India: Parliament must reconsider Bill on Transgender Rights to ensure compliance with International Law and Supreme Court Ruling

The Upper House of Parliament must revise the Transgender Persons (Protection of Rights) Bill, 2019, which was passed by the Lower House of Parliament on 5 August 2019.

The Bill does not adequately protect the rights of transgender people, and fails to comply with India’s constitutional and international human rights obligations, the ICJ said today.

The Government introduced the Transgender Persons (Protection of Rights) Bill, 2019, before the Parliament on 19 July 2019. It was passed by the Lok Sabha (the Lower House of Parliament) on 5 August, 2019, despite a lack of consultation with the transgender community and serious weaknesses in the Bill, which would be in violation of the Supreme Court’s NALSA judgment.

“If the Upper House of Parliament adopts the Bill in its current form, without any amendments, it will miss an important opportunity to introduce a law that respects, protects and fulfills the human rights of transgender people as required by the Supreme Court’s decision in NALSA v. UOI and India’s international obligations,” said Frederick Rawski, ICJ Asia Pacific Director.

The current draft, fails to address key concerns that have been repeatedly raised by the transgender community and human rights organizations.

Critically, the Bill appears to continue to mandate sex reassignment surgery for transgender people. This requirement would contravene the Supreme Court’s judgment in NALSA v. UOI, which guarantees the right to self-identification without the need for medical intervention. Further, the Bill does not make provision for affirmative action in employment or education despite the Supreme Court’s mandate in NALSA v. UOI.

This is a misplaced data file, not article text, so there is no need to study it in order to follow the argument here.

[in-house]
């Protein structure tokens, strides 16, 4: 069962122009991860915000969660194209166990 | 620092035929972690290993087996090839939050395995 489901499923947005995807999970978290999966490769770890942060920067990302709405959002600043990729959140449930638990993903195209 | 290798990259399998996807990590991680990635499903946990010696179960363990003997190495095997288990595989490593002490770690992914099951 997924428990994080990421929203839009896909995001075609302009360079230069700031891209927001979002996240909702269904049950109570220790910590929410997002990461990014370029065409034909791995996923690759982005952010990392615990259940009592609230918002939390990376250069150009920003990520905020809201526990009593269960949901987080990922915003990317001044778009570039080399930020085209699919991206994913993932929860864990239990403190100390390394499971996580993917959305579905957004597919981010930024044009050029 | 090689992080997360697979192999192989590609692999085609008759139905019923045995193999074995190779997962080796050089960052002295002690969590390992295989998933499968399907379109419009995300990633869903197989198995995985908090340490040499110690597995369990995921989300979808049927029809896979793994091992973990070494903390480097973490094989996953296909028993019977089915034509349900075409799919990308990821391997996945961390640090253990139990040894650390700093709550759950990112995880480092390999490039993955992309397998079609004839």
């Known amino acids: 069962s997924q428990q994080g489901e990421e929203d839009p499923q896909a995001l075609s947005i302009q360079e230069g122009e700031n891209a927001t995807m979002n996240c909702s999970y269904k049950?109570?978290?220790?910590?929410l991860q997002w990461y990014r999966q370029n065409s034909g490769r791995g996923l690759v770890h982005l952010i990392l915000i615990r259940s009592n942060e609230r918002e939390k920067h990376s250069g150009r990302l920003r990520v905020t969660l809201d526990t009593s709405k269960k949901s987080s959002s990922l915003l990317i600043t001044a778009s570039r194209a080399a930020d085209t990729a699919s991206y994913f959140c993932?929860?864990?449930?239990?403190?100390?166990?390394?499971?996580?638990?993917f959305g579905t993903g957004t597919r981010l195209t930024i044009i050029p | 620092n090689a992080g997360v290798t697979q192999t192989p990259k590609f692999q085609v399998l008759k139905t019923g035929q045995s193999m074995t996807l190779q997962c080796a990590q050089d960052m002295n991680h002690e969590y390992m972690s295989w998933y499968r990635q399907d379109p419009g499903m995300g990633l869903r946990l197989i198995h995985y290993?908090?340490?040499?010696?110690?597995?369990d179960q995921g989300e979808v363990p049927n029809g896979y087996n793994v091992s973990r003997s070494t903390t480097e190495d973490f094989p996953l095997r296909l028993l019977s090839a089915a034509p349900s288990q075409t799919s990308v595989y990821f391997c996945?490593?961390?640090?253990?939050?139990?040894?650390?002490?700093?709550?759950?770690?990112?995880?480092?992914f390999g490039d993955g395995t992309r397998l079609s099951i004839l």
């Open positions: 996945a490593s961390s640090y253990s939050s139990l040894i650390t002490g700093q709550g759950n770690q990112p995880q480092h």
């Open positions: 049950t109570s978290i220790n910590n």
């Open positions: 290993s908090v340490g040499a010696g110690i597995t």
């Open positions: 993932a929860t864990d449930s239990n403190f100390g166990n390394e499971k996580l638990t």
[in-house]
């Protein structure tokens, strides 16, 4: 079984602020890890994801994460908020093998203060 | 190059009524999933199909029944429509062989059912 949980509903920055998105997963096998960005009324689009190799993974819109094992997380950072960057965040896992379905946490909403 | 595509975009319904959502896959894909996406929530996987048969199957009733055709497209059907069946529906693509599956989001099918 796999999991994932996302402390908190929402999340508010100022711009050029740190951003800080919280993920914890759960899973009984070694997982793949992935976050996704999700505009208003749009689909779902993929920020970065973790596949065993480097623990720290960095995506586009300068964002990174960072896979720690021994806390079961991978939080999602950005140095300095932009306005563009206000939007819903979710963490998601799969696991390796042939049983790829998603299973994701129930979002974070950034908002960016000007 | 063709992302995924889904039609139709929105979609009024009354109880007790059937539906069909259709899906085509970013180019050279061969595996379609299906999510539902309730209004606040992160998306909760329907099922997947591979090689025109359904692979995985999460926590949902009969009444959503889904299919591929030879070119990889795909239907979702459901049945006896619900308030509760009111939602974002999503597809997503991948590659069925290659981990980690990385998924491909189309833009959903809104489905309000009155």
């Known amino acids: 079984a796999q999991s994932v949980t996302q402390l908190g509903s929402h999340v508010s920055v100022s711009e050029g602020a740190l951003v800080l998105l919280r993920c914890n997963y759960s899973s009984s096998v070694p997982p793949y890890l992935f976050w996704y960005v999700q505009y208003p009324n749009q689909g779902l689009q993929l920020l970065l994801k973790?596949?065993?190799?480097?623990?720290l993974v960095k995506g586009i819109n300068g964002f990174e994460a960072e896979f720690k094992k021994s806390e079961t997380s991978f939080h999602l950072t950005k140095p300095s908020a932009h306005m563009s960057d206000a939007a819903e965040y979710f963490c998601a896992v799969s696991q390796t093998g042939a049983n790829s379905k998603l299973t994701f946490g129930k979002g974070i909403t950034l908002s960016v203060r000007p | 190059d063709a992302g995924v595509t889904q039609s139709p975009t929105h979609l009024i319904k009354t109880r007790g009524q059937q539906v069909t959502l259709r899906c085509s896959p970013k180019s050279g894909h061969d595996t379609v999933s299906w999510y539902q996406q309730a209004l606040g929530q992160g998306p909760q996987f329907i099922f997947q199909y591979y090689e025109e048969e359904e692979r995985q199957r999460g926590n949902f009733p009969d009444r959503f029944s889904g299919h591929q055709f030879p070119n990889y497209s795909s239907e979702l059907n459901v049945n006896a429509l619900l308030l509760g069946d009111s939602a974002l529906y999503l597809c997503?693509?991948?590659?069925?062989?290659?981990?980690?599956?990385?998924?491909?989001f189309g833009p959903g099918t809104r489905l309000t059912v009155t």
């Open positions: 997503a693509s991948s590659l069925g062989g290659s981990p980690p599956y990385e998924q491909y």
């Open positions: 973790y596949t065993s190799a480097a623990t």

Moreover, the Bill sets out lighter sentences for several criminal offences, such as “sexual abuse” and “physical abuse”, when they are committed against transgender people. In addition, the Bill does not adequately define these offences and retains provisions that could be used in a discriminatory manner to target transgender people for criminal prosecution. It also fails to address the lack of an effective mechanism to enforce the legal prohibition against discrimination on the ground of gender identity. 

The ICJ has recommended the deletion of provisions that mandate sex reassignment surgery and that set out lighter sentences for criminal offences against transgender people. In addition, the ICJ recommends the inclusion of provisions addressing affirmative action for transgender persons in education and employment.

“We urge the Upper House of Parliament to address these deficiencies before passing the Bill into law, in accordance with India’s constitutional and international law obligations, and to ensure meaningful consultation with the transgender community” Rawski said.


Maitreyi Gupta (Delhi), ICJ International Legal Adviser for India, e: maitreyi.gupta(a), t: +91 7756028369

Read also

ICJ 2019 Report on India  Living with Dignity: Sexual Orientation and Gender Identity-Based Human Rights Violations in Housing, Work, and Public Spaces in India. The Report details human rights violations suffered by LGBTQ persons in their family homes, workplaces, and public spaces including streets, public toilets, public transport and shopping centres.

ICJ Briefing Paper on India: Legal and Jurisprudential Developments on Transgender Rights, SAATHII Vistaara Coalition. The paper analyses in detail the domestic judicial developments on transgender rights as well as the legislative process undertaken until the Transgender Persons (Protection of Rights) Bill, 2018 was passed on 17 December 2018.

ICJ Briefing Paper on The Transgender Persons (Protection of Rights) Bill, 2016, analyzes the 2016 Bill, its shortcomings, and India’s international obligations, as it is the basis of the 2018 Bill.

ICJ Briefing Paper on Implementation of NALSA Judgment discusses the 2014 April NALSA decision that affirmed that transgender people have the right to decide their self-identified gender. The paper analyses the responsibilities placed on Indian authorities, gaps in implementation, and India’s relevant international law obligations.

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